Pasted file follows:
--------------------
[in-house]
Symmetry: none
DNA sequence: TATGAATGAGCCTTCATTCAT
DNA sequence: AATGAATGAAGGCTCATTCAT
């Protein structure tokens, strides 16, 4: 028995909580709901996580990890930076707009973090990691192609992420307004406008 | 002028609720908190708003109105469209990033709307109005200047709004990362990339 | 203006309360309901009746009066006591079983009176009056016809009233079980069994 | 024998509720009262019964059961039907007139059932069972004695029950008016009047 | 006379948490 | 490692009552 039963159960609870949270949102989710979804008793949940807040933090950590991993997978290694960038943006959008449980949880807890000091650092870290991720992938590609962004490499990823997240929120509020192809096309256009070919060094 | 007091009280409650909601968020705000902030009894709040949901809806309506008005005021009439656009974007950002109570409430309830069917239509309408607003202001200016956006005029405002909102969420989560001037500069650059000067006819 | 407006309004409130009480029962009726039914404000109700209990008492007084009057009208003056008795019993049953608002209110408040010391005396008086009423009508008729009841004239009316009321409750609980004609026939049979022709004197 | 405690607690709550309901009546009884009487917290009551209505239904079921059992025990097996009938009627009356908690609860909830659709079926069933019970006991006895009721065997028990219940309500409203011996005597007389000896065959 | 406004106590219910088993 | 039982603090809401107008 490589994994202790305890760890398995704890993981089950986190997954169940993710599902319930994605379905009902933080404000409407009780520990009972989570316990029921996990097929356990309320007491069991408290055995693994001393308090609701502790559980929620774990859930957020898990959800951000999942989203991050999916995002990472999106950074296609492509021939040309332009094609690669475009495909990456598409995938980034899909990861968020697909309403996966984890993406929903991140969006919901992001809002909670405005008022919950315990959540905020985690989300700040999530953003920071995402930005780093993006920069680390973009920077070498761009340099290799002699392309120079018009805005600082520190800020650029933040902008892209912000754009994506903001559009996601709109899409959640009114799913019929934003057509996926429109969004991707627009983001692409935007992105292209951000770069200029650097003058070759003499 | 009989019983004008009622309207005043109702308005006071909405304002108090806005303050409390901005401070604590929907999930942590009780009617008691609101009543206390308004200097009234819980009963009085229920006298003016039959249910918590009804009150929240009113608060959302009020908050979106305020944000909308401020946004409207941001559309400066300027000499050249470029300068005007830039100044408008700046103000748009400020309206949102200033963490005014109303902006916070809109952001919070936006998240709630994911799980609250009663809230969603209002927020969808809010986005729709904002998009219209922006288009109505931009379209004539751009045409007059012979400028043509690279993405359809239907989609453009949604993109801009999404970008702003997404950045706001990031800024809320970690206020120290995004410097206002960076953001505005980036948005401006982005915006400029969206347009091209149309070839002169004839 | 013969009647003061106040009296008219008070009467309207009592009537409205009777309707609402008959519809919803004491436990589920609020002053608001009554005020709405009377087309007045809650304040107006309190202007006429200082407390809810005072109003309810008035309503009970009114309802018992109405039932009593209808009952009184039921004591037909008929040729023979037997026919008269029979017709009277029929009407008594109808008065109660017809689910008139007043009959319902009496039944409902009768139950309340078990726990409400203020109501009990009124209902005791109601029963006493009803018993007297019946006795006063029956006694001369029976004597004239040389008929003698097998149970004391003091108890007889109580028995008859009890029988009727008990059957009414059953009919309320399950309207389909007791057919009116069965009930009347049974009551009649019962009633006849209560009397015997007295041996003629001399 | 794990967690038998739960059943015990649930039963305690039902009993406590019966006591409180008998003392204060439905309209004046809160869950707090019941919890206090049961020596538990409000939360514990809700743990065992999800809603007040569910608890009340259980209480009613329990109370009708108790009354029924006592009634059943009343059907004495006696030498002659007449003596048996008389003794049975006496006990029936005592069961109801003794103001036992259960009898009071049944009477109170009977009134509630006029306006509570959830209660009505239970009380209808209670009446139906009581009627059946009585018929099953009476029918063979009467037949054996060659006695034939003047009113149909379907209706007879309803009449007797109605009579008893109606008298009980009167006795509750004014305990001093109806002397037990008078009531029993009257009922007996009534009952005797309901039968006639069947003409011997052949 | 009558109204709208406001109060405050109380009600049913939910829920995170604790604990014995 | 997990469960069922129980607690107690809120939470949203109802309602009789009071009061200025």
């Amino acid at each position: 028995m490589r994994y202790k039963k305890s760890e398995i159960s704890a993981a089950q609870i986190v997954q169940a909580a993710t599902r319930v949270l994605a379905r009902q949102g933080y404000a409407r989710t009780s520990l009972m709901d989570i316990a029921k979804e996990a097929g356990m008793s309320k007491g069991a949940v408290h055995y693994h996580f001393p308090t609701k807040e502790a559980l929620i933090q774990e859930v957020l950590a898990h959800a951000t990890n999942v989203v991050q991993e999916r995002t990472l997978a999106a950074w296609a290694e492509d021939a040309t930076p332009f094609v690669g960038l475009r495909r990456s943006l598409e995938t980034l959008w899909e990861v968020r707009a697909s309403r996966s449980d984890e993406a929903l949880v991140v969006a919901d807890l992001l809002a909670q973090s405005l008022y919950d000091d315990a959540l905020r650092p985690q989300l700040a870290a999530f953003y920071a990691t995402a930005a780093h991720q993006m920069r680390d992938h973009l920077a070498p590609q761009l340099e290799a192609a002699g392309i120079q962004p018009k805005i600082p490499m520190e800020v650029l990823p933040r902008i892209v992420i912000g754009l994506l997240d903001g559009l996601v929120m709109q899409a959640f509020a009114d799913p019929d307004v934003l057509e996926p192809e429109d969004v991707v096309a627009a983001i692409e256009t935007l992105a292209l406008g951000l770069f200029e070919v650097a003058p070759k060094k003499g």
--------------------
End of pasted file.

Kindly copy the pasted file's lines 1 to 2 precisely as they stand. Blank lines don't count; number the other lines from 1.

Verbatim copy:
[in-house]
Symmetry: none